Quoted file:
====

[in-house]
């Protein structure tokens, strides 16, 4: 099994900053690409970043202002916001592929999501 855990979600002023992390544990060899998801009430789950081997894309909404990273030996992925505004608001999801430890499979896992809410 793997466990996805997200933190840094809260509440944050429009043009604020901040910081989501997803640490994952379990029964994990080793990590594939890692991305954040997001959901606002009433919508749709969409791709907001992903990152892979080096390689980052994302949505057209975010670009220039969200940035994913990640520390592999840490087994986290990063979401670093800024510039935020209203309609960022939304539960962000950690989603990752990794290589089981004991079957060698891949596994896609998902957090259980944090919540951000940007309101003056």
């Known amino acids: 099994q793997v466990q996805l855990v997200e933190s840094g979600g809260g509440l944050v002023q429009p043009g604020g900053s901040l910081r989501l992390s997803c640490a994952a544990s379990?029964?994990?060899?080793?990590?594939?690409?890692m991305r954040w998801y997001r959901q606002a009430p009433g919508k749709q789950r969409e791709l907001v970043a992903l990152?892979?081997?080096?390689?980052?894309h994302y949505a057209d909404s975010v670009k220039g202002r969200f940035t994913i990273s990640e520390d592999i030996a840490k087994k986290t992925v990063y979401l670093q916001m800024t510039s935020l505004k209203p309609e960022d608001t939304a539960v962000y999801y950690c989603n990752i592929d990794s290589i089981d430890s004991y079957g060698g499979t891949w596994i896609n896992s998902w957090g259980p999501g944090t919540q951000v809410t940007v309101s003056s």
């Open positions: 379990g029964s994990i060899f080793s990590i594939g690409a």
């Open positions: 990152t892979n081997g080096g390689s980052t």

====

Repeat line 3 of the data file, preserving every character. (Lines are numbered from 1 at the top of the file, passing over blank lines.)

């Known amino acids: 099994q793997v466990q996805l855990v997200e933190s840094g979600g809260g509440l944050v002023q429009p043009g604020g900053s901040l910081r989501l992390s997803c640490a994952a544990s379990?029964?994990?060899?080793?990590?594939?690409?890692m991305r954040w998801y997001r959901q606002a009430p009433g919508k749709q789950r969409e791709l907001v970043a992903l990152?892979?081997?080096?390689?980052?894309h994302y949505a057209d909404s975010v670009k220039g202002r969200f940035t994913i990273s990640e520390d592999i030996a840490k087994k986290t992925v990063y979401l670093q916001m800024t510039s935020l505004k209203p309609e960022d608001t939304a539960v962000y999801y950690c989603n990752i592929d990794s290589i089981d430890s004991y079957g060698g499979t891949w596994i896609n896992s998902w957090g259980p999501g944090t919540q951000v809410t940007v309101s003056s």